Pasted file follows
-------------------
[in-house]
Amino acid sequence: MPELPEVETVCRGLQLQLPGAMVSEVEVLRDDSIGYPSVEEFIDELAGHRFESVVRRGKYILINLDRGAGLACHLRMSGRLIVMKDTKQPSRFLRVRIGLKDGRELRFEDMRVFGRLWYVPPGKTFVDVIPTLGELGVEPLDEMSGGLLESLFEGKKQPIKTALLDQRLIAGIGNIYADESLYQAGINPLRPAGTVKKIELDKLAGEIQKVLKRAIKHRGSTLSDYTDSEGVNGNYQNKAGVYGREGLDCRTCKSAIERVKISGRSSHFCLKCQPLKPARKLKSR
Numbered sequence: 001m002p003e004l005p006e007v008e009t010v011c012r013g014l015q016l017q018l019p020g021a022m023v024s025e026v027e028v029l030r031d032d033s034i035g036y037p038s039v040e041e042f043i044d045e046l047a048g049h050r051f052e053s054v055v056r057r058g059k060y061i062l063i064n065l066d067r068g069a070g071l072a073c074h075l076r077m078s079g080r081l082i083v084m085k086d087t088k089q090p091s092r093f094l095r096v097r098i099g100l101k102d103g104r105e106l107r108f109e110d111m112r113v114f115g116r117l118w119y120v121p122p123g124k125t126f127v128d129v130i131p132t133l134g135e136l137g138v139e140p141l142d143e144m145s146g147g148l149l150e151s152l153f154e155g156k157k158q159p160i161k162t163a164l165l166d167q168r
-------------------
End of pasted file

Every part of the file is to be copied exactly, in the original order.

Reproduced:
[in-house]
Amino acid sequence: MPELPEVETVCRGLQLQLPGAMVSEVEVLRDDSIGYPSVEEFIDELAGHRFESVVRRGKYILINLDRGAGLACHLRMSGRLIVMKDTKQPSRFLRVRIGLKDGRELRFEDMRVFGRLWYVPPGKTFVDVIPTLGELGVEPLDEMSGGLLESLFEGKKQPIKTALLDQRLIAGIGNIYADESLYQAGINPLRPAGTVKKIELDKLAGEIQKVLKRAIKHRGSTLSDYTDSEGVNGNYQNKAGVYGREGLDCRTCKSAIERVKISGRSSHFCLKCQPLKPARKLKSR
Numbered sequence: 001m002p003e004l005p006e007v008e009t010v011c012r013g014l015q016l017q018l019p020g021a022m023v024s025e026v027e028v029l030r031d032d033s034i035g036y037p038s039v040e041e042f043i044d045e046l047a048g049h050r051f052e053s054v055v056r057r058g059k060y061i062l063i064n065l066d067r068g069a070g071l072a073c074h075l076r077m078s079g080r081l082i083v084m085k086d087t088k089q090p091s092r093f094l095r096v097r098i099g100l101k102d103g104r105e106l107r108f109e110d111m112r113v114f115g116r117l118w119y120v121p122p123g124k125t126f127v128d129v130i131p132t133l134g135e136l137g138v139e140p141l142d143e144m145s146g147g148l149l150e151s152l153f154e155g156k157k158q159p160i161k162t163a164l165l166d167q168r